Downtown Bend Business Association Executive Director Chuck Arnold likes to compare parking spaces in downtown Bend to tables in a restaurant.
“Just like tables in a busy restaurant, if you’re not turning them over, you’re not selling any food,” Arnold told the City Council at a meeting in January. This is why the two-hour limit for downtown street parking makes sense, Arnold said.
“In the end, it is customer parking on the streets,” Arnold said on Friday. When employees of businesses park on the street, “they’re taking money out of everybody’s pocket.”
Nonetheless, some of the people who repeatedly receive tickets for violating the time limit and other parking laws are business owners, according to The Bulletin’s analysis of five years of data from Diamond Parking Services, the company that enforces city parking code.
Bend-La Pine Schools Board Chairwoman Cheri Helt and her husband, Stephen Helt, have received 45 tickets since 2008. The couple own Zydeco Kitchen & Cocktails on Northwest Bond Street. Eight of the Helts’ parking tickets were voided, according to Diamond Parking. The Helts spent nearly $1,700 to pay the remaining tickets. On Friday, Helt said this is simply the cost of doing business.
“If I’m bringing stuff, I’m running errands, I’m not going to want to carry something heavy from the parking garage,” said Helt, who added that she and her husband have a permit for the city’s downtown parking garage which they also use.
Diamond Parking has issued more than 66,000 tickets and 3,600 warnings to people for violating parking laws over the last five years. The people who received tickets paid more than $1.1 million to the city over the last five years. Drivers can often lower their ticket amounts by paying them quickly or appealing to the municipal court judge.
The city has tweaked its parking rules several times in recent years in an effort to make sure there is enough turnover to attract customers downtown.
In 2010, the city increased the distance that people must move their vehicles to avoid a ticket after two hours, from 500 feet to 750 feet. The city also adopted escalating fines for repeat offenders that year, Diamond Parking Area Manager Terence Spakousky told the City Council in January.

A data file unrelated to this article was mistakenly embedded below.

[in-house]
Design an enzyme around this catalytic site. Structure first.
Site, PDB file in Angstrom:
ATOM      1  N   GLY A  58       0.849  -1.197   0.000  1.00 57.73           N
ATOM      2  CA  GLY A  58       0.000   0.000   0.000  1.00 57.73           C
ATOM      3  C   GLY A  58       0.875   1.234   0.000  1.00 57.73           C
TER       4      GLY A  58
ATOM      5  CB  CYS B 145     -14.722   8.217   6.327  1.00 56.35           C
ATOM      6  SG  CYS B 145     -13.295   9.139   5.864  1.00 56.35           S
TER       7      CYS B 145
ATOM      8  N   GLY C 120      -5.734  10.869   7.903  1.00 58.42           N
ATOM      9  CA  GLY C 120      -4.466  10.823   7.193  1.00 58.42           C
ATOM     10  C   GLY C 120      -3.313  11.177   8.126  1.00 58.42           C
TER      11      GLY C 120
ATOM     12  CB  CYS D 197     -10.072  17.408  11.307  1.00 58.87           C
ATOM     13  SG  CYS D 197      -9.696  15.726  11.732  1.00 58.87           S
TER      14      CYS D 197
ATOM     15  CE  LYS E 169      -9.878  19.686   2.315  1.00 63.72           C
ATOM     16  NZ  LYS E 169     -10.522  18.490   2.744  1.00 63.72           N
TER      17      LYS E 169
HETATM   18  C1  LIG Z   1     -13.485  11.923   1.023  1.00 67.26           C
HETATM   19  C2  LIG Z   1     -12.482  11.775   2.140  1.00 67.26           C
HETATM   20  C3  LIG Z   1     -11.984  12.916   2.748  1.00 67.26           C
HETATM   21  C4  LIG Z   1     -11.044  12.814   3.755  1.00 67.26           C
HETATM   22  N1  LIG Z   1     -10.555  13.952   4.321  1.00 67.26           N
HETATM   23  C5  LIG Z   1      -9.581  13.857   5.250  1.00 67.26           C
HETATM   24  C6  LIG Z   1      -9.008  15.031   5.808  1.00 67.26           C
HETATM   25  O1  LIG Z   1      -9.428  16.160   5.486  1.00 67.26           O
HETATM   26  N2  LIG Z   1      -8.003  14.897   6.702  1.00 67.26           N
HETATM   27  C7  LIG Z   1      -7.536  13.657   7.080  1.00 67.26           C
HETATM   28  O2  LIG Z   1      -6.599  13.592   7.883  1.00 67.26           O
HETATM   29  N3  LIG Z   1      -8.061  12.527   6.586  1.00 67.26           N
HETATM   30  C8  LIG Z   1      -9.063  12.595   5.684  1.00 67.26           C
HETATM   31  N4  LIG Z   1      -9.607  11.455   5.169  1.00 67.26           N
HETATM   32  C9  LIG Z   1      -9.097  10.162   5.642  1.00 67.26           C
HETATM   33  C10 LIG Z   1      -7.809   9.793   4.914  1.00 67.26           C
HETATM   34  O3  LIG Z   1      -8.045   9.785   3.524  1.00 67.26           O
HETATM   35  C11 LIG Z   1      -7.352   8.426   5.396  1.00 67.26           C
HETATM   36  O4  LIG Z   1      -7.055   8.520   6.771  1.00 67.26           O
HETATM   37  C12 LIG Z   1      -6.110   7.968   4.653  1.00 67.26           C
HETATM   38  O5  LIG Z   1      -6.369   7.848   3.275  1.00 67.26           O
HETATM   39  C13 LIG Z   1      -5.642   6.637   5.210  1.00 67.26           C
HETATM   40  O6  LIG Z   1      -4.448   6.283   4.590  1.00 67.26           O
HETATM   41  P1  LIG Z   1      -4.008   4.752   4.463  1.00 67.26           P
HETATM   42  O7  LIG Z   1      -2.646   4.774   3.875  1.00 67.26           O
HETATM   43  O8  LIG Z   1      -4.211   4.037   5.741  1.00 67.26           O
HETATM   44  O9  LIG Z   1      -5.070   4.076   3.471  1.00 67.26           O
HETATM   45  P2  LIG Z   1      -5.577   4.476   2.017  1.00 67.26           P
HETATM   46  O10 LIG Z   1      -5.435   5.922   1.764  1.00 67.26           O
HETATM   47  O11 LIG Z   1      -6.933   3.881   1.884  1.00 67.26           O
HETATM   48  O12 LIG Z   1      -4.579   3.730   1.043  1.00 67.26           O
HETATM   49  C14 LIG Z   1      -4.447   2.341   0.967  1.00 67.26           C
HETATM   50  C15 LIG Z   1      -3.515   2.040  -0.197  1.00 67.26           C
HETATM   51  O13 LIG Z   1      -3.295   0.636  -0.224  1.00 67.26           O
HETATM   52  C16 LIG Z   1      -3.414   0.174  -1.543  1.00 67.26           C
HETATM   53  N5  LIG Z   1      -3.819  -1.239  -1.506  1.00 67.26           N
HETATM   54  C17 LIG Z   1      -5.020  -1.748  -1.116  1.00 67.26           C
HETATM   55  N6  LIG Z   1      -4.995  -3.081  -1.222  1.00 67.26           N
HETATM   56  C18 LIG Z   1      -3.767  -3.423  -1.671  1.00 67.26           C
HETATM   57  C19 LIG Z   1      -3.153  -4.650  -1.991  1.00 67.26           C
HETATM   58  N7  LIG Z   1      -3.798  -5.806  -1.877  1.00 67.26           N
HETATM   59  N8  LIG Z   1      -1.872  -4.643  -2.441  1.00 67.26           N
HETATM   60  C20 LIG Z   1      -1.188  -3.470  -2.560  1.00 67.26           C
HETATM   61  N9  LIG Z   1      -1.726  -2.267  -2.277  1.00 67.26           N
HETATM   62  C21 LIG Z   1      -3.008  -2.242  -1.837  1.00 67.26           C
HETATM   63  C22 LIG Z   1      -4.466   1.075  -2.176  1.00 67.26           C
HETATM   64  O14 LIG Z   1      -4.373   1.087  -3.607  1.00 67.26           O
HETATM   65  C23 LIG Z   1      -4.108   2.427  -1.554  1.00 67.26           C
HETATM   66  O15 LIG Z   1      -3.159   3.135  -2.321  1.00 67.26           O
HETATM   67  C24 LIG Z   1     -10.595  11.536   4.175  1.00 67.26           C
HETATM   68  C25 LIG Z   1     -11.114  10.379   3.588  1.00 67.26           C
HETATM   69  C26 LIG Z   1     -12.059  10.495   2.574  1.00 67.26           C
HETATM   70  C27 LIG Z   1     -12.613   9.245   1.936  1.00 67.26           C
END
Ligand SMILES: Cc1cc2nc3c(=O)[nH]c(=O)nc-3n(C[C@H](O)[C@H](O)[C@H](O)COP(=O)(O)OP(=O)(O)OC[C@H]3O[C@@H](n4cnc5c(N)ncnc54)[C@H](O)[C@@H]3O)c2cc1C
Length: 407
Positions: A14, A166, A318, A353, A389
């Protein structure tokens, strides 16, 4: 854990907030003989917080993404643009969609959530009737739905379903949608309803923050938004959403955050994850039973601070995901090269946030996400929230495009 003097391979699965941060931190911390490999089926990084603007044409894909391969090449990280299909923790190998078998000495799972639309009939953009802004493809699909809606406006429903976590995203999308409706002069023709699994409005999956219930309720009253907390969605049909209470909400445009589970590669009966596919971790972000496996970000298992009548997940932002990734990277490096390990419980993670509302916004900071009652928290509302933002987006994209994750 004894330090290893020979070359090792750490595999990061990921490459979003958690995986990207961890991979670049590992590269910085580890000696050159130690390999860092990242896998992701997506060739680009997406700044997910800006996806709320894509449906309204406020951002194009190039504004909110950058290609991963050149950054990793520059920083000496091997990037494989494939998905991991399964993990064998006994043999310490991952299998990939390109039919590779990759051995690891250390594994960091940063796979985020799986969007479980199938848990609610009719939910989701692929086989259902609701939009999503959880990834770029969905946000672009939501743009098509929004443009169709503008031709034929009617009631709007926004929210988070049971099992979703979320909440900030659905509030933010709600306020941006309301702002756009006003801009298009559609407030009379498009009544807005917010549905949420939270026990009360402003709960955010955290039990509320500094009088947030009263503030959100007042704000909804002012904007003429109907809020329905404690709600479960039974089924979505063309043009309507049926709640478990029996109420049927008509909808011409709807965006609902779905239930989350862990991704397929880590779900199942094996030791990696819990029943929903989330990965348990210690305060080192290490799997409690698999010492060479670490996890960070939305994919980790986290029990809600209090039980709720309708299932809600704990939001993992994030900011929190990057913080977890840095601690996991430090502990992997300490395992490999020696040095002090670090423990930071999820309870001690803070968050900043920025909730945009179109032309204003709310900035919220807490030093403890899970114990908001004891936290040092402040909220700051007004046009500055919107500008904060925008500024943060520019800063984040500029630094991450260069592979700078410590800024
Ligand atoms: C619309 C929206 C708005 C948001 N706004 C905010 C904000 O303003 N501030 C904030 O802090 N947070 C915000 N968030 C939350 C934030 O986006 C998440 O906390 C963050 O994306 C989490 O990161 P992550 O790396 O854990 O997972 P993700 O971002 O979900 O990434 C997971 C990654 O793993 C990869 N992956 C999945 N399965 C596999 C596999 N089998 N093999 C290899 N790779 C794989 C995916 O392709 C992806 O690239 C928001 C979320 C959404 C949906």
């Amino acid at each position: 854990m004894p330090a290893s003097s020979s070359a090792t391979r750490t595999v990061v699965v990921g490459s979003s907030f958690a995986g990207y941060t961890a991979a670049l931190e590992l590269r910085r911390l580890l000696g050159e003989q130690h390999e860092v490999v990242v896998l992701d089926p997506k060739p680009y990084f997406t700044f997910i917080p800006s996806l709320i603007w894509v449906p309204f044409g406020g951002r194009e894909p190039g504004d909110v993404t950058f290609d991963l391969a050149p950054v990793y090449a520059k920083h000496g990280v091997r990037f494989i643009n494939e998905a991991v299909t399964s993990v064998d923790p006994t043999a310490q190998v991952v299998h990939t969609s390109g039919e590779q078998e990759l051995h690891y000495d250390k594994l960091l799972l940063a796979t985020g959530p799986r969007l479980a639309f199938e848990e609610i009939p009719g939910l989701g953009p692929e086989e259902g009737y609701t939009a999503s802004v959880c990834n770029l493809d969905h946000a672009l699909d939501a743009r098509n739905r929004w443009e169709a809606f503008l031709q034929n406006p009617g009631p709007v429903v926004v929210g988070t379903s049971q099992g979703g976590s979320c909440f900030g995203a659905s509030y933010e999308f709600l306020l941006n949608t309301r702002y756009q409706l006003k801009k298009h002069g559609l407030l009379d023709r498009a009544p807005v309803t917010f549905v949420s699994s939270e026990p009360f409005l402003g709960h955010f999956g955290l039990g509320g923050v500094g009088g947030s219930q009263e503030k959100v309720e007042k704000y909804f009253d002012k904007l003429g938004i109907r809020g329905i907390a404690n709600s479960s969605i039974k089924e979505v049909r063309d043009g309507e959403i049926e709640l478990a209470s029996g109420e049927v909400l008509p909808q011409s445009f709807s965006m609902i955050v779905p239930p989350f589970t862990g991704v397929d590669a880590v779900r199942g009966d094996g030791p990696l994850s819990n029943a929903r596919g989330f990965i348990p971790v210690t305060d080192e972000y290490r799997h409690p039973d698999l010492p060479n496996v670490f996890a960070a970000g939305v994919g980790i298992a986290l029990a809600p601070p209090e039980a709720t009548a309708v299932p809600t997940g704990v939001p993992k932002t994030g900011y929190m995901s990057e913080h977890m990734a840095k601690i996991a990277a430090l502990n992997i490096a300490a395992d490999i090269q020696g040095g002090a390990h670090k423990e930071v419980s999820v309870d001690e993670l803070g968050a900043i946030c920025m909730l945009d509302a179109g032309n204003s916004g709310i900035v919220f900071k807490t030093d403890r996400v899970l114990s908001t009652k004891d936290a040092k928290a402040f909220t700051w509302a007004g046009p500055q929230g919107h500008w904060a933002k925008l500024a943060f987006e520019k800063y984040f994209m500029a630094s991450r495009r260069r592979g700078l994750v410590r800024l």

Helt said she receives tickets even when she does not park in the same spot for more than two hours because if she leaves to run an errand and then returns to park in the same area, that still violates the city’s prohibition on moving a vehicle a short distance to avoid a ticket. “When I’m catering or doing things like that, I’m not able to abide by their time-limit rules because I don’t get credit for when I leave. Essentially, it is a cost of us doing business,” she said. “It’s not going to ever change, because we have to be close to drop things off at the restaurant.”
The last time the city commissioned a study of downtown parking availability was in 2002, and city councilors said in January that they were interested in paying for a new parking study, with money saved up from parking fees paid by downtown developers. However, Arnold said on Friday that the board of the Downtown Bend Business Association is also interested in using some of this money to install better signs encouraging people to use the city parking garage.
Meanwhile, the people who received the most tickets are not always the ones with the most unpaid tickets. A vehicle registered to Anthony Sprando received 128 tickets over the last five years and Sprando paid 122 of them, at a total cost of more than $2,400. According to Diamond Parking, five of those tickets were voided and Sprando still owes the city $108 for the one outstanding ticket from August 2011. Sprando did not return a call for comment.
Sprando received a lot of $22 tickets, which Diamond Parking issues to people who overstay the two-hour parking limit. Some of the most expensive tickets are issued to people without a valid permit who repeatedly park in spaces reserved for disabled drivers. Spakousky said people who receive these citations often alter their permits to extend the expiration date.
One of the vehicles that received several tickets for violating disabled parking space rules was registered to J.L. Ward Co., of which Jan Ward is the president. Ward said his wife received the tickets because although she has a disabled parking permit, she did not always hang it in a visible location.
“She got two or three of them for parking in a no-parking zone for handicapped,” Ward said. Diamond Parking actually wrote Ward five $190 tickets for disabled parking violations, three of which were voided. The fourth was reduced. After Diamond Parking issued a $380 frequent offender ticket in 2011, a municipal judge lowered it to $100.
— Reporter: 541-617-7829, email@example.com